If you have a swallowing disorder, you may have difficulty or pain when swallowing. Some people cannot swallow at all. Others may have trouble swallowing liquids, foods, or saliva. This makes it hard to eat. Often, it can be difficult to take in enough calories and fluids to nourish your body. Anyone can have a swallowing disorder, but it is more likely in the elderly. It often happens because of other conditions, including. - Nervous system disorders, such as Parkinson's disease and cerebral palsy. - Problems with your esophagus, including GERD (gastroesophageal reflux disease). - Stroke. - Head or spinal cord injury. - Cancer of the head, neck, or esophagus. Medicines can help some people, while others may need surgery. Swallowing treatment with a speech-language pathologist can help. You may find it helpful to change your diet or hold your head or neck in a certain way when you eat. In very serious cases, people may need feeding tubes. NIH: National Institute on Deafness and Other Communication Disorders.
Esophageal varix
MedGen UID:
5027
Concept ID:
C0014867
Finding
Extreme dilation of the submucusoal veins in the lower portion of the esophagus.
Hepatomegaly
MedGen UID:
42428
Concept ID:
C0019209
Sign or Symptom
Enlargement of the liver.
Liver Cirrhosis
MedGen UID:
7368
Concept ID:
C0023890
Disease or Syndrome
Cirrhosis is scarring of the liver. Scar tissue forms because of injury or long-term disease. Scar tissue cannot do what healthy liver tissue does - make protein, help fight infections, clean the blood, help digest food and store energy. Cirrhosis can lead to . -Easy bruising or bleeding, or nosebleeds. -Swelling of the abdomen or legs . -Extra sensitivity to medicines. -High blood pressure in the vein entering the liver. -Enlarged veins called varices in the esophagus and stomach. Varices can bleed suddenly. - Kidney failure. -Jaundice. -Severe itching. -Gallstones. A small number of people with cirrhosis get liver cancer. Your doctor will diagnose cirrhosis with blood tests, imaging tests, or a biopsy. Cirrhosis has many causes. In the United States, the most common causes are chronic alcoholism and hepatitis. Nothing will make the scar tissue disappear, but treating the cause can keep it from getting worse. If too much scar tissue forms, you may need to consider a liver transplant. . NIH: National Institute of Diabetes and Digestive and Kidney Diseases.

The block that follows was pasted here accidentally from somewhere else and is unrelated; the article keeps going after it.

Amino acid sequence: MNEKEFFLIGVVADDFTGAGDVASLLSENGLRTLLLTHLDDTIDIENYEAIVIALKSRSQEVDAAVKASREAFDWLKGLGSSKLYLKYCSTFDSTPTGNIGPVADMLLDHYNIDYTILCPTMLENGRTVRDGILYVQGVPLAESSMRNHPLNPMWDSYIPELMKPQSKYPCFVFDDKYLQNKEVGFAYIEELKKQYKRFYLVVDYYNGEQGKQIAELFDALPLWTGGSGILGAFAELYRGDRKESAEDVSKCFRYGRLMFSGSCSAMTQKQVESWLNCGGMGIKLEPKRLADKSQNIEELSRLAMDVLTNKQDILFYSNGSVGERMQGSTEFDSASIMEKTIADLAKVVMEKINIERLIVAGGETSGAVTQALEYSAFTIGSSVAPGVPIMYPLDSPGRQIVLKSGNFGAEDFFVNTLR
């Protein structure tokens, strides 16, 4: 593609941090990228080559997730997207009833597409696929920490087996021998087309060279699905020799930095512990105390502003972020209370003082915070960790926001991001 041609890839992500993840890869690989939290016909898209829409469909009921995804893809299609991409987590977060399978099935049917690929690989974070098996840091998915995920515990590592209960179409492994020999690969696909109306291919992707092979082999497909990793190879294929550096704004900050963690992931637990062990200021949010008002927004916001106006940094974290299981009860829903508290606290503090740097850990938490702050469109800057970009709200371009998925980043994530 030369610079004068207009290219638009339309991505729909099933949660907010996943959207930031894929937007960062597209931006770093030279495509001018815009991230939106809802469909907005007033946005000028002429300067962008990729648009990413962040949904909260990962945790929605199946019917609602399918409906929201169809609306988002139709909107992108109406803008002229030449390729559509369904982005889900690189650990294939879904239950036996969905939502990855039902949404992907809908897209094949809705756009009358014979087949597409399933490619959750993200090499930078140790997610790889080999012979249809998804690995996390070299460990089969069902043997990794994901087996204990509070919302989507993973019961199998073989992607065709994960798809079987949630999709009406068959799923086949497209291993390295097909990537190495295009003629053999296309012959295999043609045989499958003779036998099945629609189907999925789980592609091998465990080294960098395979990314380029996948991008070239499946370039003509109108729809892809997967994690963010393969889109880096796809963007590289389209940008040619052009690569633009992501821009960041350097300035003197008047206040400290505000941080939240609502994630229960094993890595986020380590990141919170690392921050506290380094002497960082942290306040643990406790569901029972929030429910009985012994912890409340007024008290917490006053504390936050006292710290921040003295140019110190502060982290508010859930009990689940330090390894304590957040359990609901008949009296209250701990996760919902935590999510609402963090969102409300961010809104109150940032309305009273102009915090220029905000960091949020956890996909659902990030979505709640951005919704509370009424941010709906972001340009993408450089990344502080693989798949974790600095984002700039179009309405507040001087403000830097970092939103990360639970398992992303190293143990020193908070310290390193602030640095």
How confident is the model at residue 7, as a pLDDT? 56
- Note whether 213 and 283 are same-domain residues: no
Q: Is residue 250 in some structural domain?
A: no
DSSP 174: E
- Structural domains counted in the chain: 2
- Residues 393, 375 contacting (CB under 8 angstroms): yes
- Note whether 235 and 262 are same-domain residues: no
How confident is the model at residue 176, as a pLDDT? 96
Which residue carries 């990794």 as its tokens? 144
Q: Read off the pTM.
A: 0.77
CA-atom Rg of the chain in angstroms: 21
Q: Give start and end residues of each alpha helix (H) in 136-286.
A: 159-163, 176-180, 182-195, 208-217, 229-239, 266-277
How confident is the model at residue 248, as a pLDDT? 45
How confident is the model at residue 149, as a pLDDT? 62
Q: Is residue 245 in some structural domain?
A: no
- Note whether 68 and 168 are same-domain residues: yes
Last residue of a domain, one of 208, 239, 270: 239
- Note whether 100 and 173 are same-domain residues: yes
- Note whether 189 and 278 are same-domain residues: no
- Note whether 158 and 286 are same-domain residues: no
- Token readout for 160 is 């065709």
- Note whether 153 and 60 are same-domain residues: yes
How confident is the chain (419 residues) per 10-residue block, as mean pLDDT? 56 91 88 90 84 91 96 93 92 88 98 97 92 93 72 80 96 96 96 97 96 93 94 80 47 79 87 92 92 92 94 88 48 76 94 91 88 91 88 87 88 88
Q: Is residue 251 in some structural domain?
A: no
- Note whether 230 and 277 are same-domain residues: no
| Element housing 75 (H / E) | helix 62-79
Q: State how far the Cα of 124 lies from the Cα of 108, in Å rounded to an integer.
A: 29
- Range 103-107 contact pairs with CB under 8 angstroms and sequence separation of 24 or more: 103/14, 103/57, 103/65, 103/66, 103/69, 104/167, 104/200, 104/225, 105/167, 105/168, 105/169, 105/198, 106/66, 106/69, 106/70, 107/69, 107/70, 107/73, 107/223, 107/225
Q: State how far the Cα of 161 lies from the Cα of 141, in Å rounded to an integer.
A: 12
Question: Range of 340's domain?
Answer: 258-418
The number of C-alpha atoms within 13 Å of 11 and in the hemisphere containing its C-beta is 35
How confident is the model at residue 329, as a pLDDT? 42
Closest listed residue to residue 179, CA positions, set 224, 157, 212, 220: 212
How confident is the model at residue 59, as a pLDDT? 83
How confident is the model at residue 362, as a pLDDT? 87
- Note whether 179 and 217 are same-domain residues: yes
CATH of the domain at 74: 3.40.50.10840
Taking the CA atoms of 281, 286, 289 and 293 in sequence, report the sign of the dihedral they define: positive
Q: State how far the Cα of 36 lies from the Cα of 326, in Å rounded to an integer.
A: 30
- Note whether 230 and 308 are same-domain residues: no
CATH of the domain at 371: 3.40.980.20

Hepatic failure
MedGen UID:
88444
Concept ID:
C0085605
Disease or Syndrome
severe inability of the liver to function normally, as evidenced by severe jaundice and abnormal levels of ammonia, bilirubin, alkaline phosphatase, glutamic oxaloacetic transaminase, lactic dehydrogenase, and reversal of the albumin/globulin ratio.
Atypical or prolonged hepatitis
MedGen UID:
338473
Concept ID:
C1848456
Disease or Syndrome
Atypical or prolonged hepatitis
MedGen UID:
338473
Concept ID:
C1848456
Disease or Syndrome
Glycosuria
MedGen UID:
42267
Concept ID:
C0017979
Finding
An increased concentration of glucose in the urine.
Hypercalciuria
MedGen UID:
43775
Concept ID:
C0020438
Disease or Syndrome
Excretion of abnormally high level of CALCIUM in the URINE, greater than 4 mg/kg/day.